By Hannah Becker on December 14, 2017

What is sustainable agriculture?

wheat heads up close

Over the past few years, sustainable agriculture has become a hot topic in food conversations; but what does “sustainable” mean when it comes to farming?

Spoiler alert: it’s more than organic gardening.

Sustainable agriculture engages communities, focuses on the environment, prioritizes public health and ensures the future of food production. It’s meeting the needs of today’s population in ways that conserve resources for future generations.

Let’s look at four characteristics of sustainable agriculture:

Community

Sustainable agriculture isn’t restricted to those working in the fields – sustainability practices apply to everyone involved in the food chain. From the farmer to the consumer to the waste manager, everyone in the community plays an important part in sustainability.

Developing communities committed to addressing the complex challenges modern food production encounters is a key principle in effective sustainable agriculture. Farmers prioritize natural resource conservation, consumers make consumption decisions that are environmentally conscious, and the cycle of sustainability repeats.

Environment

Shifting lifestyle preferences and mechanization technologies in the first part of the 20th century forced farmers to 

prioritize production in the short run, leading to topsoil depletion and water contamination (Dust Bowl, anyone?). Farmers and ranchers realized such mass-production farming techniques could threaten our future, so they partnered with government agencies and research programs to develop more environmentally friendly farming practices – aka sustainability.

Sustainable agriculture practices focus on meeting consumer demands for food while remaining conservation-conscious of natural resources. No till farming is one of the most widely adapted environmentally focused farming practices in the Midwest, as it allows farmers to grow more food with fewer resources.

Public Health

Farmers and ranchers are often on the frontlines of public health as their day-to-day responsibilities include disease prevention, natural resource management and other sustainable agriculture practices.

Livestock producers carefully manage their farms to minimize antibiotic resistance while prioritizing animal health. Farmers use innovative technology to protect groundwater resources for neighboring communities. Agricultural professionals in multiple roles work hard to implement environmental regulations that minimize emissions and pollutants.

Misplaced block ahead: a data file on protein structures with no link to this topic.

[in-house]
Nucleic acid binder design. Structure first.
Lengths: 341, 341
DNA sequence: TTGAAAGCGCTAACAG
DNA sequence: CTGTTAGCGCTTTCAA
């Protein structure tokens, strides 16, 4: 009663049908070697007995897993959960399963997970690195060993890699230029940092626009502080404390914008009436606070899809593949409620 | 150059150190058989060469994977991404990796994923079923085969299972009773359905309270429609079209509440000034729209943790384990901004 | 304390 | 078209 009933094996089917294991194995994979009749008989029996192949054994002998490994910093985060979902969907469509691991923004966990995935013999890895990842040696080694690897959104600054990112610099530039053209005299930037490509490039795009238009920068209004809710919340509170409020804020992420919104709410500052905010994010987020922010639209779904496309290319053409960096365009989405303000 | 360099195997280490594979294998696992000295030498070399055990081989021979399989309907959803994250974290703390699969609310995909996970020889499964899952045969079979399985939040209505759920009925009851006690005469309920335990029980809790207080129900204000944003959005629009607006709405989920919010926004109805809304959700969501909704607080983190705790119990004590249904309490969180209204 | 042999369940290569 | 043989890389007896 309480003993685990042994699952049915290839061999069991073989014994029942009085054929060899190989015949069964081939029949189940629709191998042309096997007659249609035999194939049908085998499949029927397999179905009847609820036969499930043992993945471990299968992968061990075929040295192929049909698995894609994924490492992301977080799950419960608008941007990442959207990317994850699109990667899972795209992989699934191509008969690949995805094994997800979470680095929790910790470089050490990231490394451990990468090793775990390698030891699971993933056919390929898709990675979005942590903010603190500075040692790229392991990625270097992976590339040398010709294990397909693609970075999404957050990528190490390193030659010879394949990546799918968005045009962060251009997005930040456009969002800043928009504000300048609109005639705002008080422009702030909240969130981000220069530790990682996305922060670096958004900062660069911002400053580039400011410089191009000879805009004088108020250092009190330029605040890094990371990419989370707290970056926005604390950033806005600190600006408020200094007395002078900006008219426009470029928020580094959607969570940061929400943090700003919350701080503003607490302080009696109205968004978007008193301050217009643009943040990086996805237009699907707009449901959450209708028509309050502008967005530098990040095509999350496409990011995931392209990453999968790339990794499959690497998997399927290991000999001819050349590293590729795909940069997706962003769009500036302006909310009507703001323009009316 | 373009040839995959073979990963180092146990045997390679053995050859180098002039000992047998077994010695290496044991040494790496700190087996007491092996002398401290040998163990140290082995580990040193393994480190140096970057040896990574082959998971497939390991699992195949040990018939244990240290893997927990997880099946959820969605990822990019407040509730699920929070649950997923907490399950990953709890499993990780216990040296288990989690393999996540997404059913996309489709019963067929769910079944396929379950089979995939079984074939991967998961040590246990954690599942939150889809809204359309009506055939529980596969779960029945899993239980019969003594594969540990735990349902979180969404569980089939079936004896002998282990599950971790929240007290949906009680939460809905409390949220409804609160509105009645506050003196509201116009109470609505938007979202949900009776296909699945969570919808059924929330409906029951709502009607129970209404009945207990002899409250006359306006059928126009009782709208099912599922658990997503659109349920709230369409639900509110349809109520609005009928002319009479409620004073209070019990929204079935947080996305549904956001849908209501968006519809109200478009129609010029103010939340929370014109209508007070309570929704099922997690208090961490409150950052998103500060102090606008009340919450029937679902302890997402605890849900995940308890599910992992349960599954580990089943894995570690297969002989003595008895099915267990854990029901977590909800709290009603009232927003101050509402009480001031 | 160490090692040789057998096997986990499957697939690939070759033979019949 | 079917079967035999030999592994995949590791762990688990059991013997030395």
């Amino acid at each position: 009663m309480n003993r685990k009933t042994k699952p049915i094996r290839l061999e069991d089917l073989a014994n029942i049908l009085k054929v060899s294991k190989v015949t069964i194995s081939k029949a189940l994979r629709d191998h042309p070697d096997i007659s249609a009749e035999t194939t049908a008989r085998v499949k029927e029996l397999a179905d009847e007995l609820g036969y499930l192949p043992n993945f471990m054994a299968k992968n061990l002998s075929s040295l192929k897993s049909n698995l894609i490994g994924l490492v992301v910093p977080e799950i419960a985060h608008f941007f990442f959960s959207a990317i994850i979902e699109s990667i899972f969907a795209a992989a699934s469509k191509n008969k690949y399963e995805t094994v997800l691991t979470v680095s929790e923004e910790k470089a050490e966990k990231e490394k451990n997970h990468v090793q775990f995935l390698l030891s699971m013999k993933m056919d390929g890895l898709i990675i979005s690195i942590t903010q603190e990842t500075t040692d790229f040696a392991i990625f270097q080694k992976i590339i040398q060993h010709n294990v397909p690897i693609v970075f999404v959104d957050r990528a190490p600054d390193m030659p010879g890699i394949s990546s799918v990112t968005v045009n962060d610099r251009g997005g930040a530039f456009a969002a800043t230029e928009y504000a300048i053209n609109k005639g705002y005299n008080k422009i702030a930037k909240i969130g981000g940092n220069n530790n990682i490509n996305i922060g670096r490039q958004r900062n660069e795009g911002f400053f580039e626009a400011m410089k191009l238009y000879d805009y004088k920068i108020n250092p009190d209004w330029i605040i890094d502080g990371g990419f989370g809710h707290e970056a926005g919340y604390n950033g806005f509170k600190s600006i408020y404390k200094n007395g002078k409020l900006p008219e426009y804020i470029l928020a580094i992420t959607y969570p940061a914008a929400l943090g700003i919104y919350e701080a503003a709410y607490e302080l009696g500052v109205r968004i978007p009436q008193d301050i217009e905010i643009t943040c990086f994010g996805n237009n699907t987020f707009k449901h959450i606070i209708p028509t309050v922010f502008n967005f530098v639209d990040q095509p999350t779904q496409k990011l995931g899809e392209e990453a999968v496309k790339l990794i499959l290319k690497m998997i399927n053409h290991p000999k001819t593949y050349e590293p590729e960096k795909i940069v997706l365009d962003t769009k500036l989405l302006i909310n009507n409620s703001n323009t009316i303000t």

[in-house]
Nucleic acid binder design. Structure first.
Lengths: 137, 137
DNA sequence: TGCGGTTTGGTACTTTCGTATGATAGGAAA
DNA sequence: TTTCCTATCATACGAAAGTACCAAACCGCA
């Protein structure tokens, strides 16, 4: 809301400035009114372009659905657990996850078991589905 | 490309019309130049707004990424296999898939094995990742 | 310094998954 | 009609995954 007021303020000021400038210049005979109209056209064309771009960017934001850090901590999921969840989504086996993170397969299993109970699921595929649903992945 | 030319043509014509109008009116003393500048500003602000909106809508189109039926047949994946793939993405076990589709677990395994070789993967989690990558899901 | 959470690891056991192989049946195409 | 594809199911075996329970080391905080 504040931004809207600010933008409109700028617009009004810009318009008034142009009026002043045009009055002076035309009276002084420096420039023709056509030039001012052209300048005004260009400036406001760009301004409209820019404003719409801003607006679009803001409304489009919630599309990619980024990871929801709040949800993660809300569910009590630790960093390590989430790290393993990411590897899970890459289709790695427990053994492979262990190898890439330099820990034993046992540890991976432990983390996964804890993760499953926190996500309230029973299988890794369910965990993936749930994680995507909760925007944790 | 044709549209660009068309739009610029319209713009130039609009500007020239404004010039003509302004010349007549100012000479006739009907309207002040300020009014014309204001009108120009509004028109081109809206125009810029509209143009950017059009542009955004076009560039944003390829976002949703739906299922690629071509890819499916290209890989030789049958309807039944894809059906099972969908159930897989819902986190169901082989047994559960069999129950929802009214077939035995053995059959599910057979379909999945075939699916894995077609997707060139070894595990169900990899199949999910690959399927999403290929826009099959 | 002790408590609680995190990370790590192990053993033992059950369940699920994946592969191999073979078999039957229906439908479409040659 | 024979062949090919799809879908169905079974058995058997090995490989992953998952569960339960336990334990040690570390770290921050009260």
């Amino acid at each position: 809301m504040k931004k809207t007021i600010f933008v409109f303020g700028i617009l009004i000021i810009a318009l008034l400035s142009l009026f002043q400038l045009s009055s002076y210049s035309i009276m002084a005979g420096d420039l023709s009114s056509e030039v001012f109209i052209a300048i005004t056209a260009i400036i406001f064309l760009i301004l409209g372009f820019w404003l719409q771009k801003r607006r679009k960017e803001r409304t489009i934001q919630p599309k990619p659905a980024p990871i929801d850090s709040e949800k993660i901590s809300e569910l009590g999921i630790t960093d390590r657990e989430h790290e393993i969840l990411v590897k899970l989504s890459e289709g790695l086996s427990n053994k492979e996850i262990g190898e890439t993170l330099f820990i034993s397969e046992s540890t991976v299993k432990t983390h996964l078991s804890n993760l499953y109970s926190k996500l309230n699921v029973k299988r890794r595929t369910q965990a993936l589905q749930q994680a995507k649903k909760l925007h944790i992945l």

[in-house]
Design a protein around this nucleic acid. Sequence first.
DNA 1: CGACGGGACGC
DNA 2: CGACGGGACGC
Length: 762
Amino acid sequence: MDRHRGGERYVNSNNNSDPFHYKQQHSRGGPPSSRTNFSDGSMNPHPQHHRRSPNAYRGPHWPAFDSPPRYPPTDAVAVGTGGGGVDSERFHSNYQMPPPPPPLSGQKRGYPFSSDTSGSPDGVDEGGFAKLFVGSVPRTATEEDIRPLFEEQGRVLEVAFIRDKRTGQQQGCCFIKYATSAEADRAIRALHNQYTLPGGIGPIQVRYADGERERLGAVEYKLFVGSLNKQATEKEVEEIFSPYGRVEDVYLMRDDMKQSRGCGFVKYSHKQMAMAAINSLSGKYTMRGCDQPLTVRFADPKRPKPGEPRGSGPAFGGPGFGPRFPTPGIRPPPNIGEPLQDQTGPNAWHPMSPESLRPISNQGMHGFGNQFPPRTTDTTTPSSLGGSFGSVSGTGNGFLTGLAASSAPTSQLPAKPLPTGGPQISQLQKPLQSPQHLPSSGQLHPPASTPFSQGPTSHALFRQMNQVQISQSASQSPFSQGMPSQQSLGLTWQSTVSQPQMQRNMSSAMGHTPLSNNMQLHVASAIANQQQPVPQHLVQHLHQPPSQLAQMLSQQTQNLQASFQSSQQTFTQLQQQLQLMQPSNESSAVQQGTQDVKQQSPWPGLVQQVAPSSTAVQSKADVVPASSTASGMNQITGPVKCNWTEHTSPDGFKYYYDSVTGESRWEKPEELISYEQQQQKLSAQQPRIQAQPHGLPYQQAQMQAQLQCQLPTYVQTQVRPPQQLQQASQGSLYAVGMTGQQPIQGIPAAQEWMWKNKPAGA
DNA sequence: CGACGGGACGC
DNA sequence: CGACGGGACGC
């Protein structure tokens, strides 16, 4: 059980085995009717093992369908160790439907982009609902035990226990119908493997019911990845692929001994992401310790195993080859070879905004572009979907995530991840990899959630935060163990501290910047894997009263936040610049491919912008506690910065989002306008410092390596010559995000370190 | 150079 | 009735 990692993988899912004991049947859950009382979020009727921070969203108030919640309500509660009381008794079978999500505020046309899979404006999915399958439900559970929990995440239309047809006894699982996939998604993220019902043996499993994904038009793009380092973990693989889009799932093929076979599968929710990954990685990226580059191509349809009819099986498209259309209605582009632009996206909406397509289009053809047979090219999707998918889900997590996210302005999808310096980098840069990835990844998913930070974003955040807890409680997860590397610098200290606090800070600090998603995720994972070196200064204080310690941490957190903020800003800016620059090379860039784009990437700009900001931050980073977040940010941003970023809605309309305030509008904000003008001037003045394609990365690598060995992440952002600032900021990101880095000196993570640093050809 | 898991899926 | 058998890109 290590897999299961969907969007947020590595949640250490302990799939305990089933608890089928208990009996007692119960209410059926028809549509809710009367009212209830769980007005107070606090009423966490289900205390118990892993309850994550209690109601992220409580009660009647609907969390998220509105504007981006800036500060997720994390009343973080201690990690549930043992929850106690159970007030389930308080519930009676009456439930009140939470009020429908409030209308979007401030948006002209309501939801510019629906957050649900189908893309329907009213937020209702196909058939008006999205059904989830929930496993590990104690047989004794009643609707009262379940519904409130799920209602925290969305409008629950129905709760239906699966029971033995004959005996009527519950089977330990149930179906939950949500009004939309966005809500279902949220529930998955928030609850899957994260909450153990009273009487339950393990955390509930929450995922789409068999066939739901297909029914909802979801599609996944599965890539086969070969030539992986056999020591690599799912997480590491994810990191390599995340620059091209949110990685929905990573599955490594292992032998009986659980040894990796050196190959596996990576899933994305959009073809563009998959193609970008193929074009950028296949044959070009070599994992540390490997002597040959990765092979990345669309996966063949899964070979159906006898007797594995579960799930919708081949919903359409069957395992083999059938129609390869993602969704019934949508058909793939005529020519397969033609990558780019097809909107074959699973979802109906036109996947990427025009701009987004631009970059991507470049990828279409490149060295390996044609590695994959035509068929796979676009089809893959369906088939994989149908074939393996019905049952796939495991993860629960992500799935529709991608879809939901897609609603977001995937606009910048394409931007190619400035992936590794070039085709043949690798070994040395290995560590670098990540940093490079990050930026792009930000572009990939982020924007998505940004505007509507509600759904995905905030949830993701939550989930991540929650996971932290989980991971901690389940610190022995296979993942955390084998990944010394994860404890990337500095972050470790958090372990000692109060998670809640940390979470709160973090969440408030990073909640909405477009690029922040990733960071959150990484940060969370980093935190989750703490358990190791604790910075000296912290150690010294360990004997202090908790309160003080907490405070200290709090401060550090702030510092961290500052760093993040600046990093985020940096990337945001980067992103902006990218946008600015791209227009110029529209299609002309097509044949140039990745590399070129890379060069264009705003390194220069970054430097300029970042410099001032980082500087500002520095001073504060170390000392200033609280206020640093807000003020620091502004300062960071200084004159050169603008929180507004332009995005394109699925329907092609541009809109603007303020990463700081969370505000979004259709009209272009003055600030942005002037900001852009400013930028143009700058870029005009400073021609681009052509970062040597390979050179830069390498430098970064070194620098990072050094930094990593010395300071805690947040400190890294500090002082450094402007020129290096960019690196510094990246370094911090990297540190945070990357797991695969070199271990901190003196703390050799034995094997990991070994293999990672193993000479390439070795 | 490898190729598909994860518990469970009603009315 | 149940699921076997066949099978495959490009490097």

Few professions have as much public health responsibility as farmers, who work to maintain a healthy balance between consumer demand and resource sustainability.

Farming for the Future

By definition, sustainable agriculture is more than protecting our world today – it’s ensuring resource viability for generations to come.

All farmers and ranchers must consider how their production practices may influence the next generations of agriculturists and consumers. It’s this type of intergenerational responsibility that makes sustainable agriculture integral to our society’s future.

Our world’s population is exploding. The number of farmers and ranchers are rapidly declining. Sustainable agriculture is key to feeding billions of people in the near future without depleting our earth’s limited natural resources. The future of food lies within sustainable agriculture.

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  • Hannah Becker

    Hannah Becker

    Hannah Becker is a millennial author and marketing consultant. Hannah has a B.S. in Animal & Dairy Science from Mississippi State University, and a Masters in Business Administration  from Florida Institute of Technology.